The Internal Revenue Service has awarded a record $104 million to former UBS banker Bradley Birkenfeld for his role in exposing a $20 billion tax evasion scheme.
The payment is the largest award ever given to an individual whistleblower in the U.S. and the first major award issued under the IRS’s new whistleblower program, according to Birkenfeld’s attorneys, Stephen Kohn and Dean Zerbe.
“The IRS today sent 104 million messages to whistleblowers around the world – that there is now a safe and secure way to report tax fraud and that the IRS is now paying awards,” Kohn and Zerbe said in a joint statement announcing the award Sept. 19.
In issuing the award earlier this month, the IRS said that the information provided by Birkenfeld “was exceptional in both its breadth and depth. While the IRS was aware of tax compliance issues related to secret bank accounts in Switzerland and elsewhere, the information provided by the whistleblower formed the basis for unprecedented actions against UBS.”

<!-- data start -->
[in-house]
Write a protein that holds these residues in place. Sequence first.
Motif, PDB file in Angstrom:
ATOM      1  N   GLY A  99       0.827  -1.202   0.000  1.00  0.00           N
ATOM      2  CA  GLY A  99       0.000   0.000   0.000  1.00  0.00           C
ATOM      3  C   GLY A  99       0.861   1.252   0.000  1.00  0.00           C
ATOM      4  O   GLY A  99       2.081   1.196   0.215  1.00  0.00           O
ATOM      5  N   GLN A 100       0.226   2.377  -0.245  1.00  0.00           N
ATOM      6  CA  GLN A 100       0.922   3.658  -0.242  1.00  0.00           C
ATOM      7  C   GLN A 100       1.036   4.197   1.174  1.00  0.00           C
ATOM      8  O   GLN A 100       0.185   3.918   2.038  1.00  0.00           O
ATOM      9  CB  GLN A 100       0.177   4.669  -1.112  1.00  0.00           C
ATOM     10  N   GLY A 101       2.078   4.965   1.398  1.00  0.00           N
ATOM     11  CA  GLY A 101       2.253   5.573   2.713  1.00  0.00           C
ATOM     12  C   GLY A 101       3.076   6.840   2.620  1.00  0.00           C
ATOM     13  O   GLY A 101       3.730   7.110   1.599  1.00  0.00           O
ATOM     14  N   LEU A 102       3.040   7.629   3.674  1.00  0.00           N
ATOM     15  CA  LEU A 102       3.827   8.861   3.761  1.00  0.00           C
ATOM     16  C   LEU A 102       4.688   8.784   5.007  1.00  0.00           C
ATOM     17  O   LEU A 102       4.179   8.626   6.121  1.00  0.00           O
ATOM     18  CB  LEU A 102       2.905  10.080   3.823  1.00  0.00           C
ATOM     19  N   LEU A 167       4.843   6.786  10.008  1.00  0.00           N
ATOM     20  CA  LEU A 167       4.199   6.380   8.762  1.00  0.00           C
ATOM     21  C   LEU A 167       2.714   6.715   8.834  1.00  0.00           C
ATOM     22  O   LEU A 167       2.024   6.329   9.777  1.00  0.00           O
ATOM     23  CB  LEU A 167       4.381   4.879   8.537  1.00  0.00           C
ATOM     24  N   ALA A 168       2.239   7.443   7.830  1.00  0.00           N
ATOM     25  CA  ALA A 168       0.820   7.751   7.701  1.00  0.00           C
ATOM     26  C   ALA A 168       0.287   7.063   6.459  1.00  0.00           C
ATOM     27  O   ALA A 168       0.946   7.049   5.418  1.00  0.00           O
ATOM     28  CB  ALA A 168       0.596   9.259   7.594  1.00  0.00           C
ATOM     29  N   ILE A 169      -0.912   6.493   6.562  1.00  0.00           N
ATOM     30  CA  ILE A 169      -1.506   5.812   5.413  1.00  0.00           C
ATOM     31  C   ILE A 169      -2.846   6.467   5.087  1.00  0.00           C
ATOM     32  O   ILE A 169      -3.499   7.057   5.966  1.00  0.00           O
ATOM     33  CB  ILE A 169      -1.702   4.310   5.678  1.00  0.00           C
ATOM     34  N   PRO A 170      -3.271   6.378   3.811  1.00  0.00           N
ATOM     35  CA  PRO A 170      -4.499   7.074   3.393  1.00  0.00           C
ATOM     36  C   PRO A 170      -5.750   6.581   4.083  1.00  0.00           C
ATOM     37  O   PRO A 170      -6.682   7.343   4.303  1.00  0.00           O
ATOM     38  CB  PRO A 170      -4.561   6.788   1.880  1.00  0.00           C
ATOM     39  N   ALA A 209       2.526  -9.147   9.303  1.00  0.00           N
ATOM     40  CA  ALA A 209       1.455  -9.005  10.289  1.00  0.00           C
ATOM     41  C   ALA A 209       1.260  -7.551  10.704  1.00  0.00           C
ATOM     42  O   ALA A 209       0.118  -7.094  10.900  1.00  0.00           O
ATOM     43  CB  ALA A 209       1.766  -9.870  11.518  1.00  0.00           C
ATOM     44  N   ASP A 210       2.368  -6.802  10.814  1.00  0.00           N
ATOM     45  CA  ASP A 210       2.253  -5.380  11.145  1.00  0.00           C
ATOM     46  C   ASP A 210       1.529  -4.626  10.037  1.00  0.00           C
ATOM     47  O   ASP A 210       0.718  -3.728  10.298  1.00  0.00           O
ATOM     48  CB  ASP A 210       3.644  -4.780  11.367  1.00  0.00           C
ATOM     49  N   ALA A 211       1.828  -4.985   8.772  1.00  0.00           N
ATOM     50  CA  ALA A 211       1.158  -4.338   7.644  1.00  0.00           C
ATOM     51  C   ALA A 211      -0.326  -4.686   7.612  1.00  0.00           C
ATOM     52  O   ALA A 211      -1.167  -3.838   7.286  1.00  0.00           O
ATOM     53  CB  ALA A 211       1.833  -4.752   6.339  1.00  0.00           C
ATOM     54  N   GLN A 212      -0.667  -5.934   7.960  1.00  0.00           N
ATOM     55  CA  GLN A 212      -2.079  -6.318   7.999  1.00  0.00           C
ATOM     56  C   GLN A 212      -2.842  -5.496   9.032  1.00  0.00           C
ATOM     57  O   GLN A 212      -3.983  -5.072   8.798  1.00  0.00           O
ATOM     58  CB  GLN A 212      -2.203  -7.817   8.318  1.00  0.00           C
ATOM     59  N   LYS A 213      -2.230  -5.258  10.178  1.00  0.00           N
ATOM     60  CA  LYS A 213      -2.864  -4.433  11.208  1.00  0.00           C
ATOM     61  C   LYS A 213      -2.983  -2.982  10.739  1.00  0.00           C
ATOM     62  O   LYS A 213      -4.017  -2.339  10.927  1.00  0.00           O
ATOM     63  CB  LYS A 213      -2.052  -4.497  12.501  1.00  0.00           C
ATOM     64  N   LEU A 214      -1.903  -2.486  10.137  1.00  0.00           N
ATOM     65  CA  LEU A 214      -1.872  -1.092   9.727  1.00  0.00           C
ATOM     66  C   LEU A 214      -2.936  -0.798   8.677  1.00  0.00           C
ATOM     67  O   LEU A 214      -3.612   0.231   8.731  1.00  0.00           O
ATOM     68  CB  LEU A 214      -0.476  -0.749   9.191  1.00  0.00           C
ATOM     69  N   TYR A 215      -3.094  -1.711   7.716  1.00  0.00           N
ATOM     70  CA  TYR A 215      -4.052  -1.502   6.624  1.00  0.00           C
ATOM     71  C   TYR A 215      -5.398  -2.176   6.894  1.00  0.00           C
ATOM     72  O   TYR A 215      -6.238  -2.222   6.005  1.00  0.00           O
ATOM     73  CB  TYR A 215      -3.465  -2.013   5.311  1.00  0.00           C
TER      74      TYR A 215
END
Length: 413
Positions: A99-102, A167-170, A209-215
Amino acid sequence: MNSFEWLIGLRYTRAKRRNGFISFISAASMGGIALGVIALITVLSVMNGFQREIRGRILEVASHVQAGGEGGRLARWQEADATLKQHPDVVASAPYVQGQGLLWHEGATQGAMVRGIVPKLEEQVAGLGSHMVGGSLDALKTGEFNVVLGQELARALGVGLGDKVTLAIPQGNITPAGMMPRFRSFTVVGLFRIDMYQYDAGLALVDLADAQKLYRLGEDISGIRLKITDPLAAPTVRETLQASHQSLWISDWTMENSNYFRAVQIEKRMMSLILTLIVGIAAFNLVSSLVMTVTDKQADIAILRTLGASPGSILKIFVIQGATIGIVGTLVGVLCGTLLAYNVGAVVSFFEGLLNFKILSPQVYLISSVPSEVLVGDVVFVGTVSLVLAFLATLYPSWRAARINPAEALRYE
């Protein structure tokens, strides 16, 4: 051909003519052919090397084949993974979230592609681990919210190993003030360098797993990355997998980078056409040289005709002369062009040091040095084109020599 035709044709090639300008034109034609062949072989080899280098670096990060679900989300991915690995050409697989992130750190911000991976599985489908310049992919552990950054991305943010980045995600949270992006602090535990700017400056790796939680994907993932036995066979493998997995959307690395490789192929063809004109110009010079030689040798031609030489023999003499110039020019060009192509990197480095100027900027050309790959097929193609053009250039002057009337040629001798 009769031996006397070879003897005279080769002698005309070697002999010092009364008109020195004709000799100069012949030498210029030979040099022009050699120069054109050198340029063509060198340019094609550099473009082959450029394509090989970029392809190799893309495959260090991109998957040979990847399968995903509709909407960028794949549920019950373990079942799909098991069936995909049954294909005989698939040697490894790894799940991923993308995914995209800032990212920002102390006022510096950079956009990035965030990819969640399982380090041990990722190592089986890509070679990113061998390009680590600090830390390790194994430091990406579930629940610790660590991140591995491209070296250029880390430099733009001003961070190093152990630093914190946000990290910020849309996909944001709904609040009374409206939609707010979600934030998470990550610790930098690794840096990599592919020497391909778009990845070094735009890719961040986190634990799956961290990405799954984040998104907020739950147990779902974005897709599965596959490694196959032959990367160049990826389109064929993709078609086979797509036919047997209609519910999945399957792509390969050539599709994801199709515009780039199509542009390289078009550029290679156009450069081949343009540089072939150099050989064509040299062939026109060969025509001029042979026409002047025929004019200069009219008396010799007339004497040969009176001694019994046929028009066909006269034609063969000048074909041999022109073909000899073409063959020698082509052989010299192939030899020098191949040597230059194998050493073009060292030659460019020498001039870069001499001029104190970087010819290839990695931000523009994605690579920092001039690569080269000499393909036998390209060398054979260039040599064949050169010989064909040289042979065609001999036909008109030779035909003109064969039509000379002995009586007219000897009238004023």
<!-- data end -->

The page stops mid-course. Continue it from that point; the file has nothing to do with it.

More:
Birkenfeld is a native of Massachusetts who lived in Switzerland. According to The New York Times, Birkenfeld spent five years recruiting American clients for UBS before becoming a government informant in 2005, providing information concerning illegal offshore accounts the bank was peddling to its clients. Birkenfeld himself was charged with fraud in the investigation and received a sentence of 40 months, obtaining his release from federal prison in August.
Birkenfeld’s lawyers said that their client’s disclosures directly resulted in Switzerland’s largest bank paying a $780 million fine to the U.S., the participation of over 35,000 taxpayers in “amnesty” programs to repatriate their illegal offshore accounts, and the collection of over $5 billion in back taxes, fines and penalties.
Birkenfeld received the award under a relatively new whistleblower program authorized under the Tax Relief and Health Care Act of 2006. The law required the IRS to pay rewards to those who blow the whistle on tax fraud beginning in 2007. For claims of unpaid taxes under $2 million, a whistleblower can collect up to 15 percent of what the IRS collects. For claims over $2 million against a taxpayer that had at least $200 million in income, the whistleblower can collect 15 to 30 percent.
Kohn is the executive director of the National Whistleblowers Center in Washington. Zerbe is a member of Zerbe, Fingeret, Frank & Jadav. The Houston firm represents both plaintiffs and defendants in whistleblower actions.
“The IRS also sent 104 million messages to banks around the world – stop enabling tax cheats or you will get caught,” Kohn and Zerbe said in their statement.